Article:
(i) The projection direction is parallel to a latticecentring vector. In this case, the projected plane cell is primitive for the centring types A, B, C, I and R. For F lattices, the multiplicity is reduced from 4 to 2 because ccentred plane cells result from projections along face diagonals of threedimensional F cells.
(ii) The projection direction is not parallel to a latticecentring vector (general projection direction). In this case, the plane cell has the same multiplicity as the threedimensional cell. Usually, however, this centred plane cell is unconventional and a transformation is required to obtain the conventional plane cell. This transformation has been carried out for the projection data in this volume.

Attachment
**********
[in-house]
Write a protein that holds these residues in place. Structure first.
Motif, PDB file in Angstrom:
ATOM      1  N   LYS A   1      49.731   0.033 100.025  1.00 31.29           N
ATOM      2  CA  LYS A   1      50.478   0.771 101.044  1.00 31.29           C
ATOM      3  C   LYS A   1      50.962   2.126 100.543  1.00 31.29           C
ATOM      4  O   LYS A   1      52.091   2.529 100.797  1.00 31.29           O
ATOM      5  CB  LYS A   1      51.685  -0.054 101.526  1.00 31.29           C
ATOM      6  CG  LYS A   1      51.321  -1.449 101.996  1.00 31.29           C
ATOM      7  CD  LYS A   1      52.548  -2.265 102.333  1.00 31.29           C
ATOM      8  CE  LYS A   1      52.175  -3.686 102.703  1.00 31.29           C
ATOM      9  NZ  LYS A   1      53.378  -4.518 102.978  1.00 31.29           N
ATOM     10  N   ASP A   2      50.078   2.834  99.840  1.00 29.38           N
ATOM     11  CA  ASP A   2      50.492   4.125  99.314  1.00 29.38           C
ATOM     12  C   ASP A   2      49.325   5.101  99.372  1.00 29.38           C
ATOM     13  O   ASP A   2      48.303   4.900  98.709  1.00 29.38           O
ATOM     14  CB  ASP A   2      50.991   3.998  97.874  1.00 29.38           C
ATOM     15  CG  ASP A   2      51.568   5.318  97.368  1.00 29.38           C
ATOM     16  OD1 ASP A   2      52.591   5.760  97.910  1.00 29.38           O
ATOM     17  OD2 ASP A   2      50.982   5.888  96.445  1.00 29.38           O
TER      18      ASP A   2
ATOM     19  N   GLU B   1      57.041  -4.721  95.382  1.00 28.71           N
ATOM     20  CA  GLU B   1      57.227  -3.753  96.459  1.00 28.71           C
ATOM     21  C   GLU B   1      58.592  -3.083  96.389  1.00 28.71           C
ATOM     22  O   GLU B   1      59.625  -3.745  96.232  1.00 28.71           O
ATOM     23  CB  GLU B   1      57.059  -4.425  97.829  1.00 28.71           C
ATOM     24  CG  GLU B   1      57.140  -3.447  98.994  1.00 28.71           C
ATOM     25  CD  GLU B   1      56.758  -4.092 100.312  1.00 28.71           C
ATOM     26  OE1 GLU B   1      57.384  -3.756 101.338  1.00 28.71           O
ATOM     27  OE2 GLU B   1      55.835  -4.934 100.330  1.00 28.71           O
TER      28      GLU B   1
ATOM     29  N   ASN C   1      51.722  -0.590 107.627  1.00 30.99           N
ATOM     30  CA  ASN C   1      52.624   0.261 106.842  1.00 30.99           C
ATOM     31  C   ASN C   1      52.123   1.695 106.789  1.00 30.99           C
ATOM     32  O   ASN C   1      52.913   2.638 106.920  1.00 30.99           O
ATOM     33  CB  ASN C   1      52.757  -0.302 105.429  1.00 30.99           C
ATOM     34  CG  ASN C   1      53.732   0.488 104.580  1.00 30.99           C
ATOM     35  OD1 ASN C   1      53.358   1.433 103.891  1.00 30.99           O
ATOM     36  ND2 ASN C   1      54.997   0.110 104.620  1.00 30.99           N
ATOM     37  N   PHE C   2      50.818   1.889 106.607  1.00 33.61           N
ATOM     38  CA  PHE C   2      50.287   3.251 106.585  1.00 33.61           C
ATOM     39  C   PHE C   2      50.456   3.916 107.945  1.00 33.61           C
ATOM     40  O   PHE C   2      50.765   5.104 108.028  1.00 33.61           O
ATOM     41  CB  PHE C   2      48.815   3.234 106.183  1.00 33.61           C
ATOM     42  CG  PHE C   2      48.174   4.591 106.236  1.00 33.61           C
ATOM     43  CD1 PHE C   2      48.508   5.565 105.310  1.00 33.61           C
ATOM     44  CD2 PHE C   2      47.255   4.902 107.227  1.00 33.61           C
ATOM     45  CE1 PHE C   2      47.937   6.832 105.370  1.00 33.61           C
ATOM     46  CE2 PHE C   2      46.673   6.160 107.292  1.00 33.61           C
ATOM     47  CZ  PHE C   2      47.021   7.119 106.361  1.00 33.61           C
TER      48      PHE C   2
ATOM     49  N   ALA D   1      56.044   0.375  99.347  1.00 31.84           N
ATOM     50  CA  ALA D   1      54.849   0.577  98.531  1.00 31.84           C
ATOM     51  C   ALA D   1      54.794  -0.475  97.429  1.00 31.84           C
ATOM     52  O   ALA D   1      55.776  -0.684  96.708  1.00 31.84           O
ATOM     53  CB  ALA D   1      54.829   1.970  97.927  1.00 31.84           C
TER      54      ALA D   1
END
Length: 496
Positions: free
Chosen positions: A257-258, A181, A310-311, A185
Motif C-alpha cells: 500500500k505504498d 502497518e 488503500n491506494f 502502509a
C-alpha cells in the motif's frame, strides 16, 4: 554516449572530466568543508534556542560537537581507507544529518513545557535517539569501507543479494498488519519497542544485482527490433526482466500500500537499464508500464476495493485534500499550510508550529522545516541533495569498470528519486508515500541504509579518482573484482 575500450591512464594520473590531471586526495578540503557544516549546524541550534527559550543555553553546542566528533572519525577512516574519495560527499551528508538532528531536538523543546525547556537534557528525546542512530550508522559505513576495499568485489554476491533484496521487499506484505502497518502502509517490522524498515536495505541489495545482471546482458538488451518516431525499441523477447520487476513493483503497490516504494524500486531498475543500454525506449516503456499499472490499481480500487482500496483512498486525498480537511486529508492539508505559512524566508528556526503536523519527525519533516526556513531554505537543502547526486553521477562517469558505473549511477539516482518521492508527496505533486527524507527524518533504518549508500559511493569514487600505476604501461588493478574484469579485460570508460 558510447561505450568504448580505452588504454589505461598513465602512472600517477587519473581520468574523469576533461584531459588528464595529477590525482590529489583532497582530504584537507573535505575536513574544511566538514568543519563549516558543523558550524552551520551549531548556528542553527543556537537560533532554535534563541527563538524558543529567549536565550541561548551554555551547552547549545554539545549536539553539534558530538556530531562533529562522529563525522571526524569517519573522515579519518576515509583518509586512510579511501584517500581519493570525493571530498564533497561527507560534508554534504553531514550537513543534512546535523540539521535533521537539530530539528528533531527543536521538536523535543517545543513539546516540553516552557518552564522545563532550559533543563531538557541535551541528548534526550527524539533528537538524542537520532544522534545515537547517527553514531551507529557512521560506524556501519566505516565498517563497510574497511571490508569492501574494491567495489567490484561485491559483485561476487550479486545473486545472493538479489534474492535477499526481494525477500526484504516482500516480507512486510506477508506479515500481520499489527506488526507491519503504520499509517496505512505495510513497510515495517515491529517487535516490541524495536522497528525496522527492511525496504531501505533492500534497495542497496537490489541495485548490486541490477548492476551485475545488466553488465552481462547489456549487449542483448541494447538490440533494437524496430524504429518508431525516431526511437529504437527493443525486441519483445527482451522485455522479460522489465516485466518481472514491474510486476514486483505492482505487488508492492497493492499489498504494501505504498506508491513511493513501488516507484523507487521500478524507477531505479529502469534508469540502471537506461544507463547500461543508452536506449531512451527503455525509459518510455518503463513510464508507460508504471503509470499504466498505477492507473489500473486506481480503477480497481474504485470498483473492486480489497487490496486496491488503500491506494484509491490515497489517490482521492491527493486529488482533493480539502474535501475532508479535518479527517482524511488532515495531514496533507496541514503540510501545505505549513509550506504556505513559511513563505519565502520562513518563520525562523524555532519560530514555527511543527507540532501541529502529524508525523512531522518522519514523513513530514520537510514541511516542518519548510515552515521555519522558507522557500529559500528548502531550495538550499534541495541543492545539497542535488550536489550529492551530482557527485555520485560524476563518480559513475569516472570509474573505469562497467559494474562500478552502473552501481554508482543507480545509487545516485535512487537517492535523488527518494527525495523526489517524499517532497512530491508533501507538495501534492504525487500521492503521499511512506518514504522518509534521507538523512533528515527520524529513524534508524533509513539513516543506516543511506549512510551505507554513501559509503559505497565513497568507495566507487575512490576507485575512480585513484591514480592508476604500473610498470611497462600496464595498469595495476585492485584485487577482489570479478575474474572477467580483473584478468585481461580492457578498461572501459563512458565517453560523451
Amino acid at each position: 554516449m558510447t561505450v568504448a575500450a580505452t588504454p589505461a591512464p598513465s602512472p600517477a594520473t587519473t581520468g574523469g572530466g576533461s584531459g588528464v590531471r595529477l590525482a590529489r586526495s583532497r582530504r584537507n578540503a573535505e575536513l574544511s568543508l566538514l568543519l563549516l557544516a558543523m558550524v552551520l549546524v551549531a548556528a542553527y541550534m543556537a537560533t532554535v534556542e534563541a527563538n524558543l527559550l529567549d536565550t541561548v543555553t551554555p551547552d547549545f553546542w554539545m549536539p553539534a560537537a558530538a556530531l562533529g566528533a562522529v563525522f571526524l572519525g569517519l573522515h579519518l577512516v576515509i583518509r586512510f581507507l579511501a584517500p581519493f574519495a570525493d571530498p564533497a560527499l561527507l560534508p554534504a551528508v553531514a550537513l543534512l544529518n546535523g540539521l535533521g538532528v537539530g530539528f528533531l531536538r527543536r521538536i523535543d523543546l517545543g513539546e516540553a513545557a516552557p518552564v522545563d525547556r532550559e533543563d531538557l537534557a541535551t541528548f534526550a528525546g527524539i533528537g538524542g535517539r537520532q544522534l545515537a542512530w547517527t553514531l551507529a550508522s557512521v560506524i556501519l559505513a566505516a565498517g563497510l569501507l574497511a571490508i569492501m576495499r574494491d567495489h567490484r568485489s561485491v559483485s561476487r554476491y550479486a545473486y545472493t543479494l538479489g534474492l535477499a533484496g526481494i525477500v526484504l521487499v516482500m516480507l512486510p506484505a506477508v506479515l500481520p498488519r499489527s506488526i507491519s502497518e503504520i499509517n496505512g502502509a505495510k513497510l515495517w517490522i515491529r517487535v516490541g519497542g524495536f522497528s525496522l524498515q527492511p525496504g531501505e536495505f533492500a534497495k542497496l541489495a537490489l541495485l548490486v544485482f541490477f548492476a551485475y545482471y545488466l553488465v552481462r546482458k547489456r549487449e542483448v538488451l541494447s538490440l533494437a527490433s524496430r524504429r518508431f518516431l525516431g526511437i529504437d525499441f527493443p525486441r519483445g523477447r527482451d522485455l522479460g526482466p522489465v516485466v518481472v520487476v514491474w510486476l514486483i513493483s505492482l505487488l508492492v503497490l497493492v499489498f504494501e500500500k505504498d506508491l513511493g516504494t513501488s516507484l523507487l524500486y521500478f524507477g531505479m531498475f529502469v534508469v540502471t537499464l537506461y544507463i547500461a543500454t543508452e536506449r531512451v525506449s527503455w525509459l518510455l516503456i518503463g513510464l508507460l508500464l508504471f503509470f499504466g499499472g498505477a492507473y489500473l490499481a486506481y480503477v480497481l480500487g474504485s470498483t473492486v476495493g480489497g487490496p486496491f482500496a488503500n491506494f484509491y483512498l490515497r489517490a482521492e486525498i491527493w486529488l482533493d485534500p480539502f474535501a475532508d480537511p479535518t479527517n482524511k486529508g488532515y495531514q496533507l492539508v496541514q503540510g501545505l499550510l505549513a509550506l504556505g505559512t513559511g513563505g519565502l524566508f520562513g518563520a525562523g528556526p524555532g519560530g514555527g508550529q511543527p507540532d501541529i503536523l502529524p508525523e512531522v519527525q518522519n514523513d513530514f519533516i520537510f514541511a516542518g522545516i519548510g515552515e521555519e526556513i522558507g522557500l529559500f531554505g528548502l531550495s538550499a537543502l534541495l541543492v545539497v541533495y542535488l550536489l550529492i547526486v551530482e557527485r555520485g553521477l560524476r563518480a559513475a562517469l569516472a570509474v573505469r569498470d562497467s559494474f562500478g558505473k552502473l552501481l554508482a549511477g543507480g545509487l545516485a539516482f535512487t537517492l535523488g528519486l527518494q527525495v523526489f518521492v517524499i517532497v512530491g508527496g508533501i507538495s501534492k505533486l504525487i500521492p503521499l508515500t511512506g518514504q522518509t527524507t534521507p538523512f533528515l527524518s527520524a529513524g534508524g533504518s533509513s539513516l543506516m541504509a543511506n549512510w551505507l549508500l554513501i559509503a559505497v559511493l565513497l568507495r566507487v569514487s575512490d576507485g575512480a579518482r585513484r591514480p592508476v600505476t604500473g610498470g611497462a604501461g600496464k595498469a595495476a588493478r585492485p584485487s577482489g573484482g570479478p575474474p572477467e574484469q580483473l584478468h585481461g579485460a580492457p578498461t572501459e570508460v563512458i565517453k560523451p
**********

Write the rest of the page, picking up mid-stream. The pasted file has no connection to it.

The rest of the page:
Examples
(1) Projection along [] of a cubic Icentred cell leads to an unconventional quadratic ccentred plane cell. A simple cell transformation leads to the conventional quadratic p cell.
(2) Projection along [] of an orthorhombic Icentred cell leads to a rectangular ccentred plane cell, which is conventional.
(3) Projection along [] of an Rcentred cell (both in obverse and reverse setting) results in a triple hexagonal plane cell h (the twodimensional analogue of the H cell, cf. Chapter 1.2
). A simple cell transformation leads to the conventional hexagonal p cell.